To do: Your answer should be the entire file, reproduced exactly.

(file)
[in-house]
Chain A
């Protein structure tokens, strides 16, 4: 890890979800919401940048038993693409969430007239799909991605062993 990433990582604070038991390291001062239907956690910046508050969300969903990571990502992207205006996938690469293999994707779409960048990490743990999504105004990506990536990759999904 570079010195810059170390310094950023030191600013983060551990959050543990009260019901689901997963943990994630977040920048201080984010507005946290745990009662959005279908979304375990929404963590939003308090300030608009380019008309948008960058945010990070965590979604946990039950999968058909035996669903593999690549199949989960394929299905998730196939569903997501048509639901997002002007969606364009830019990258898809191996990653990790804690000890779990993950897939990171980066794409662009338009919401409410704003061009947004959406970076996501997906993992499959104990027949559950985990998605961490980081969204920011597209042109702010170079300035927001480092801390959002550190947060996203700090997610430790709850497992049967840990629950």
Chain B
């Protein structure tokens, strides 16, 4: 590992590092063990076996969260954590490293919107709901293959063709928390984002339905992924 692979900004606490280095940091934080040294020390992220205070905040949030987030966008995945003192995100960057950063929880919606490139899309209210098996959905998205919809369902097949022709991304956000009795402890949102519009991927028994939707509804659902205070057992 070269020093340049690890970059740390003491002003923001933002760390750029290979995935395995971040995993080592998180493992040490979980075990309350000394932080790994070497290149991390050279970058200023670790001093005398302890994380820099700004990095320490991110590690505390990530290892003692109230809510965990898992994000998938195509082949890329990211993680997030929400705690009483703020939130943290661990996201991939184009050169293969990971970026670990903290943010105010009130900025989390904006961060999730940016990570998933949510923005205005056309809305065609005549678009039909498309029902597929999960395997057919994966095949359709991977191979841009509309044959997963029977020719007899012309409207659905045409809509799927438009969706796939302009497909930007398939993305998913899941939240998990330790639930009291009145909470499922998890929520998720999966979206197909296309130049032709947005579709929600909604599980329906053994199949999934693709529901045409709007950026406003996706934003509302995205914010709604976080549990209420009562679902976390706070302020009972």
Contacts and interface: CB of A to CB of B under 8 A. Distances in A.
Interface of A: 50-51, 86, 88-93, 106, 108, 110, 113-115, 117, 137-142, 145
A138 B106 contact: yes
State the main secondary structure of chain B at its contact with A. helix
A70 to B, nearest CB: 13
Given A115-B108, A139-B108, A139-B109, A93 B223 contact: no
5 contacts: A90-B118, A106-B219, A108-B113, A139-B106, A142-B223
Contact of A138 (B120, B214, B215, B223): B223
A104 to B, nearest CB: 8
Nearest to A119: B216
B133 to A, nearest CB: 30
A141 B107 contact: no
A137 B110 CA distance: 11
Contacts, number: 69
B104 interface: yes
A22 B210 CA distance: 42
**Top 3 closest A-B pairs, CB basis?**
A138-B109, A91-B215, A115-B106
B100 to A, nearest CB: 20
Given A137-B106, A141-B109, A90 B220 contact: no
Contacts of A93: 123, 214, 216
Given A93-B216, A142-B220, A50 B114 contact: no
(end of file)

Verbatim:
[in-house]
Chain A
């Protein structure tokens, strides 16, 4: 890890979800919401940048038993693409969430007239799909991605062993 990433990582604070038991390291001062239907956690910046508050969300969903990571990502992207205006996938690469293999994707779409960048990490743990999504105004990506990536990759999904 570079010195810059170390310094950023030191600013983060551990959050543990009260019901689901997963943990994630977040920048201080984010507005946290745990009662959005279908979304375990929404963590939003308090300030608009380019008309948008960058945010990070965590979604946990039950999968058909035996669903593999690549199949989960394929299905998730196939569903997501048509639901997002002007969606364009830019990258898809191996990653990790804690000890779990993950897939990171980066794409662009338009919401409410704003061009947004959406970076996501997906993992499959104990027949559950985990998605961490980081969204920011597209042109702010170079300035927001480092801390959002550190947060996203700090997610430790709850497992049967840990629950």
Chain B
């Protein structure tokens, strides 16, 4: 590992590092063990076996969260954590490293919107709901293959063709928390984002339905992924 692979900004606490280095940091934080040294020390992220205070905040949030987030966008995945003192995100960057950063929880919606490139899309209210098996959905998205919809369902097949022709991304956000009795402890949102519009991927028994939707509804659902205070057992 070269020093340049690890970059740390003491002003923001933002760390750029290979995935395995971040995993080592998180493992040490979980075990309350000394932080790994070497290149991390050279970058200023670790001093005398302890994380820099700004990095320490991110590690505390990530290892003692109230809510965990898992994000998938195509082949890329990211993680997030929400705690009483703020939130943290661990996201991939184009050169293969990971970026670990903290943010105010009130900025989390904006961060999730940016990570998933949510923005205005056309809305065609005549678009039909498309029902597929999960395997057919994966095949359709991977191979841009509309044959997963029977020719007899012309409207659905045409809509799927438009969706796939302009497909930007398939993305998913899941939240998990330790639930009291009145909470499922998890929520998720999966979206197909296309130049032709947005579709929600909604599980329906053994199949999934693709529901045409709007950026406003996706934003509302995205914010709604976080549990209420009562679902976390706070302020009972």
Contacts and interface: CB of A to CB of B under 8 A. Distances in A.
Interface of A: 50-51, 86, 88-93, 106, 108, 110, 113-115, 117, 137-142, 145
A138 B106 contact: yes
State the main secondary structure of chain B at its contact with A. helix
A70 to B, nearest CB: 13
Given A115-B108, A139-B108, A139-B109, A93 B223 contact: no
5 contacts: A90-B118, A106-B219, A108-B113, A139-B106, A142-B223
Contact of A138 (B120, B214, B215, B223): B223
A104 to B, nearest CB: 8
Nearest to A119: B216
B133 to A, nearest CB: 30
A141 B107 contact: no
A137 B110 CA distance: 11
Contacts, number: 69
B104 interface: yes
A22 B210 CA distance: 42
**Top 3 closest A-B pairs, CB basis?**
A138-B109, A91-B215, A115-B106
B100 to A, nearest CB: 20
Given A137-B106, A141-B109, A90 B220 contact: no
Contacts of A93: 123, 214, 216
Given A93-B216, A142-B220, A50 B114 contact: no